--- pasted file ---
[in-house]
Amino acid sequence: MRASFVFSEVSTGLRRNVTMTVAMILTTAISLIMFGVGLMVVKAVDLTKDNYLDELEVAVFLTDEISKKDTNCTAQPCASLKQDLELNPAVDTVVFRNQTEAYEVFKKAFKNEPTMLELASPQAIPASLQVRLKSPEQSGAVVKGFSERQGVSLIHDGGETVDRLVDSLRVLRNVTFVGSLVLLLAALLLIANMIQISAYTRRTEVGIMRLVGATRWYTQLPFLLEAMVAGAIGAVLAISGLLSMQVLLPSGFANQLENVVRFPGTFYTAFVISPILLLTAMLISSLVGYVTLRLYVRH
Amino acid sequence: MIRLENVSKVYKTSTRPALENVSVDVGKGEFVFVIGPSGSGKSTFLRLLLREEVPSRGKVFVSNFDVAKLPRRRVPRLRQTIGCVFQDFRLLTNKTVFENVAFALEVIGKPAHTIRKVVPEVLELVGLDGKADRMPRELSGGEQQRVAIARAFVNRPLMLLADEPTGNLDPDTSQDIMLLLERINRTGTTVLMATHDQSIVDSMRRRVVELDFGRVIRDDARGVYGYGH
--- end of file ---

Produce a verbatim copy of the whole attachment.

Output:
[in-house]
Amino acid sequence: MRASFVFSEVSTGLRRNVTMTVAMILTTAISLIMFGVGLMVVKAVDLTKDNYLDELEVAVFLTDEISKKDTNCTAQPCASLKQDLELNPAVDTVVFRNQTEAYEVFKKAFKNEPTMLELASPQAIPASLQVRLKSPEQSGAVVKGFSERQGVSLIHDGGETVDRLVDSLRVLRNVTFVGSLVLLLAALLLIANMIQISAYTRRTEVGIMRLVGATRWYTQLPFLLEAMVAGAIGAVLAISGLLSMQVLLPSGFANQLENVVRFPGTFYTAFVISPILLLTAMLISSLVGYVTLRLYVRH
Amino acid sequence: MIRLENVSKVYKTSTRPALENVSVDVGKGEFVFVIGPSGSGKSTFLRLLLREEVPSRGKVFVSNFDVAKLPRRRVPRLRQTIGCVFQDFRLLTNKTVFENVAFALEVIGKPAHTIRKVVPEVLELVGLDGKADRMPRELSGGEQQRVAIARAFVNRPLMLLADEPTGNLDPDTSQDIMLLLERINRTGTTVLMATHDQSIVDSMRRRVVELDFGRVIRDDARGVYGYGH